RCN Advent Reflection #31

Advent Reflection #31
John 1:1-5

This passage illustrates just how profound the Incarnation is. According to John, Jesus is God and it is through Him that all things came into existence. Everything, therefore, owes its existence to Jesus. Moreover, Jesus is said to be THE unconquerable light. That is power. And yet this magnificent power was born in a manger, composed of the frailty and weakness that characterizes flesh and blood.

Jesus is THE WORD.

Jesus is THE LIGHT.

Jesus is LORD.

We can never reflect too much upon the significance of the fact that the one who created all things, who is pure, unbridled light, came and lived among us. He did so because he loves us. He did so in order to save us. He did so, because this is who God is – Emmanuel – God with us.

We praise you Lord, for the mysterious beauty of your Incarnation.

RCN Advent Reflection #30

Advent Reflection #30
Luke 2:36-40

Anna was an old widow that had devoted her life to God. According to Luke, she never left the temple, worshipping there both day and night. When the young boy Jesus was within sight she immediately recognized him and began to praise God. She was ready, in other words. She was so devoted to God that she recognized the strange and beautiful answer to Israel’s prayers and immediately praised God.

What might you learn from Anna? How might you worship God both day and night? While worshipping at a church 24 hours a day may not be necessary, there’s something to be said of the immediacy of Anna’s recognition of Jesus. Anna was truly ready. As the Advent season draws to a close, do not let the emphasis on being prepared and awake for Jesus die. God is still moving, Jesus will return – but we must be ready, and attuned to God’s Spirit, in order to recognize what God is doing in the world around us.

Come Lord Jesus.

RCN Advent Reflection #29

Advent Reflection #29
Luke 2:25-32

Simeon had waited a long time to meet the Messiah. He trusted in God’s promise to him that he would not die before meeting the Messiah. Simeon, in many ways, is a microcosm of Israel, except that as long as he waited, Israel waited far longer.

When the baby Jesus did come near, Simeon wasted no time. He held Jesus in his arms and praised God. He knew that his life was coming near an end, as was Israel’s wait. More than that, Simeon recognized what many in Israel did not. The Messiah would be hope and deliverance for all people, even Gentiles. Read again Simeon’s words of praise.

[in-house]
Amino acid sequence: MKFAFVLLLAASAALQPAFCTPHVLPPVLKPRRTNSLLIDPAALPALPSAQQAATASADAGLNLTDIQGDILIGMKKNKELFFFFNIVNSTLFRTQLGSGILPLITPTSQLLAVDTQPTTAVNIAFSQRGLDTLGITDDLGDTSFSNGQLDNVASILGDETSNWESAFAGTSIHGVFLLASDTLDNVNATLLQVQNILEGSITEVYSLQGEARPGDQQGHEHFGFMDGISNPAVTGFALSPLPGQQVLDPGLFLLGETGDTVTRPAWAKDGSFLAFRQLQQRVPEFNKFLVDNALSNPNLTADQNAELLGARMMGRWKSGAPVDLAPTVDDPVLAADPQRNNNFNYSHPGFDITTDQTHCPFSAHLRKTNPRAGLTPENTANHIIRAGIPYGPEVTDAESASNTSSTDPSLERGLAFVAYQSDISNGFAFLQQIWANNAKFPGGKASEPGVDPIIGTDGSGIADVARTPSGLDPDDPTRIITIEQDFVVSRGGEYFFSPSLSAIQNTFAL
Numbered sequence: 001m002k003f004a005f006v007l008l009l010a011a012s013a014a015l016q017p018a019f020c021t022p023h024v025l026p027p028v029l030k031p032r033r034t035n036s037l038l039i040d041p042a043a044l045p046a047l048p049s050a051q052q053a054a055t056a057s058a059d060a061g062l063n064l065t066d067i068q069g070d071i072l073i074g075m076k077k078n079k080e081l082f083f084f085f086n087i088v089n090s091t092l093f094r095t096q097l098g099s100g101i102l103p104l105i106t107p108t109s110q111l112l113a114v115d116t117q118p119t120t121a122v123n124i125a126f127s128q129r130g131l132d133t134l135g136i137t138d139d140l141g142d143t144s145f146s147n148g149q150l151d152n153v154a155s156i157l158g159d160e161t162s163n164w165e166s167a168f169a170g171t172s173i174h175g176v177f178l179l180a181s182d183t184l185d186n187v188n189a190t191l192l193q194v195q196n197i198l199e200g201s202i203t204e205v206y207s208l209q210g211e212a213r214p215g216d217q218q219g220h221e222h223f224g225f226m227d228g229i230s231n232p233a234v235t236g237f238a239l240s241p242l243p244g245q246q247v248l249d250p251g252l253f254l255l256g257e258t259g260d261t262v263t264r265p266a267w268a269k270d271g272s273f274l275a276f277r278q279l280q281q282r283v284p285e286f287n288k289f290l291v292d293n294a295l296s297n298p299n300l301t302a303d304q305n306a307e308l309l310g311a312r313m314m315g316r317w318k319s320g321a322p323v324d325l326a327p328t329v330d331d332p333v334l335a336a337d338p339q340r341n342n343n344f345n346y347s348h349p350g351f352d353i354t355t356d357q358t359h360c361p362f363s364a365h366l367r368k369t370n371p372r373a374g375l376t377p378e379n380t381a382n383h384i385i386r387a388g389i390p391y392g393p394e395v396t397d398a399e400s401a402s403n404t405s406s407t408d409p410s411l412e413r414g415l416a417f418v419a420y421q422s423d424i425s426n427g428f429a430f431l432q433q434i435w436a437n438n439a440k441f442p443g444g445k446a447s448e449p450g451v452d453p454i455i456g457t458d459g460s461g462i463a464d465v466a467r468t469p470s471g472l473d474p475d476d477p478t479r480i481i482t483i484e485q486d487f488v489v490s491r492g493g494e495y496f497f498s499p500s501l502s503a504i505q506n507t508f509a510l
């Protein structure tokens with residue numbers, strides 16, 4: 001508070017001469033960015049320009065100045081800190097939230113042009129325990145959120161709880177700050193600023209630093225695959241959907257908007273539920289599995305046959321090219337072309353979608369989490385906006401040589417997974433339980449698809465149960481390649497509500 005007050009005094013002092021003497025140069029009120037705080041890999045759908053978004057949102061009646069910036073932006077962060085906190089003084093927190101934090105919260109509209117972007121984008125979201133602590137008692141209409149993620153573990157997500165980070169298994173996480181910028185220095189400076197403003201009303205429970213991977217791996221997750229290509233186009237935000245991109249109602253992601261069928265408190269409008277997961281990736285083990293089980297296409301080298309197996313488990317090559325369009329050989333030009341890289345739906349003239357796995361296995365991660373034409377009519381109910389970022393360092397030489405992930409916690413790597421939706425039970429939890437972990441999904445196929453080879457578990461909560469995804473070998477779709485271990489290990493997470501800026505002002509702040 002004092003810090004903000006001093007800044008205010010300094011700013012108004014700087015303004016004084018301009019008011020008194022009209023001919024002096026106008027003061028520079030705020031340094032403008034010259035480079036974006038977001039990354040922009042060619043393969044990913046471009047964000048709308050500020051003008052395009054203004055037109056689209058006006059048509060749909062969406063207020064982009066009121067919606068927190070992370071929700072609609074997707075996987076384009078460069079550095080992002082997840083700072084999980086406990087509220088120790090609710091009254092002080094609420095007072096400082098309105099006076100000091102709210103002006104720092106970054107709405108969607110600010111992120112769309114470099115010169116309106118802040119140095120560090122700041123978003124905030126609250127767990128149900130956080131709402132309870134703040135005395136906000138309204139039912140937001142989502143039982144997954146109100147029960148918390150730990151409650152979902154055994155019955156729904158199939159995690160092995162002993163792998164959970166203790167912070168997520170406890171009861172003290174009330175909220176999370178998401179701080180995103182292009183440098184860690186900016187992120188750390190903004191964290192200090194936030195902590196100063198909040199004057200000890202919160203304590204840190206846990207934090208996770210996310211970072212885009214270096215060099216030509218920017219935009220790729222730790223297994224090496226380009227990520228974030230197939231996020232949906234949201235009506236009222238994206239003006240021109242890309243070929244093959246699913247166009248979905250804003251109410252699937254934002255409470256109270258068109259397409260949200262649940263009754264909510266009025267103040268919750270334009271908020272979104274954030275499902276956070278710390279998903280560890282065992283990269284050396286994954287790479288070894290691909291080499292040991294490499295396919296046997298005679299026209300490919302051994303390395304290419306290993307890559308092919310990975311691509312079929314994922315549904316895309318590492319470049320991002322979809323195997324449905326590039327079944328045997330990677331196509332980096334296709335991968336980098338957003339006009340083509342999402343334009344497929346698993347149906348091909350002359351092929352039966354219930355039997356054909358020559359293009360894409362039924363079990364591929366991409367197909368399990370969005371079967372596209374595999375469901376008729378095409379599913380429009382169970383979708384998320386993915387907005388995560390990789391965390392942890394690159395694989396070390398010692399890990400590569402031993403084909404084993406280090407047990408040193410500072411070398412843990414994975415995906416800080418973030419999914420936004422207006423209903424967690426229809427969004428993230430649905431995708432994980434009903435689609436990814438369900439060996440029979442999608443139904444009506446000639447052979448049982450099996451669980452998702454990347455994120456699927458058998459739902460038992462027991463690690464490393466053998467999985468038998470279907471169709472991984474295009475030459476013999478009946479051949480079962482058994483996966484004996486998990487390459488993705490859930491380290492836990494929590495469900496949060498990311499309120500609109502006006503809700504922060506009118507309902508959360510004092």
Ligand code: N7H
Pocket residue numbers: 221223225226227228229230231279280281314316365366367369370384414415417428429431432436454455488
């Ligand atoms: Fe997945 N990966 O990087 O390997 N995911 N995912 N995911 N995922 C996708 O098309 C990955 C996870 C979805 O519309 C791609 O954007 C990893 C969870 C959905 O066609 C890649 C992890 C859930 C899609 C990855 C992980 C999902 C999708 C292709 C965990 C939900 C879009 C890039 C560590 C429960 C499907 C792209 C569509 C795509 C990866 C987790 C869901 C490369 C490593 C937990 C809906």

“Master, now you are dismissing your servant in peace, according to your word; for my eyes have seen your salvation, which you have prepared in the presence of all peoples, light for revelation to the Gentiles and for glory to your people.”

Hope is hear. Love is hear. Salvation is here. For all people. Praise be to God. Today try to receive the baby Jesus in the same way that Simeon did.

Thank you Lord, for bringing salvation unto your people.

RCN Advent Reflection #28

Advent Reflection #28
Luke 2:41-52

The adolescent Jesus is hard to comprehend. Was he clumsy and emotional? Did he have his heart broken? Did he quarrel with his parents? We don’t really know the answer to these and other questions except to say that Jesus was a normal adolescent boy. He grew, matured, and made mistakes. What we do know, is that even as a young boy, Jesus was drawn to the temple – to his Father’s house. Even Jesus desired to learn from the teachers there, and to grow in his knowledge and faith. In his Father’s house, Jesus lost track of time and his earthly family. This is clearly meant to foreshadow the life that he would go on to lead.

Today is a day of corporate worship. Will you go? Will you sit with the teachers? Will you ask questions? Will you get lost in the experience rather than seeking move on to your next activity?

Jesus later tells us that if we have seen him, we have seen the Father. He also tells us that in him, we can be adopted into the household of God as well. We can be God’s children. Thus, the Church (building and body) is our Father’s house too. Go and experience that today as the Church continues to celebrate the Christmas season.

Father God, may your house be our house too.

RCN Advent Reflection #27

Advent Reflection #27
John 20:1-8

Mary exclaims to Peter and the mysterious beloved disciple in John’s Gospel account, “They have taken the Lord out of the tomb, and we do not know where they have laid him.” Where is Jesus, in other words? Where is God?

Like the Shepherds and the wise kings 33 years previous, the remaining disciples and Mary run to the tomb to visit Jesus. But he is no longer there.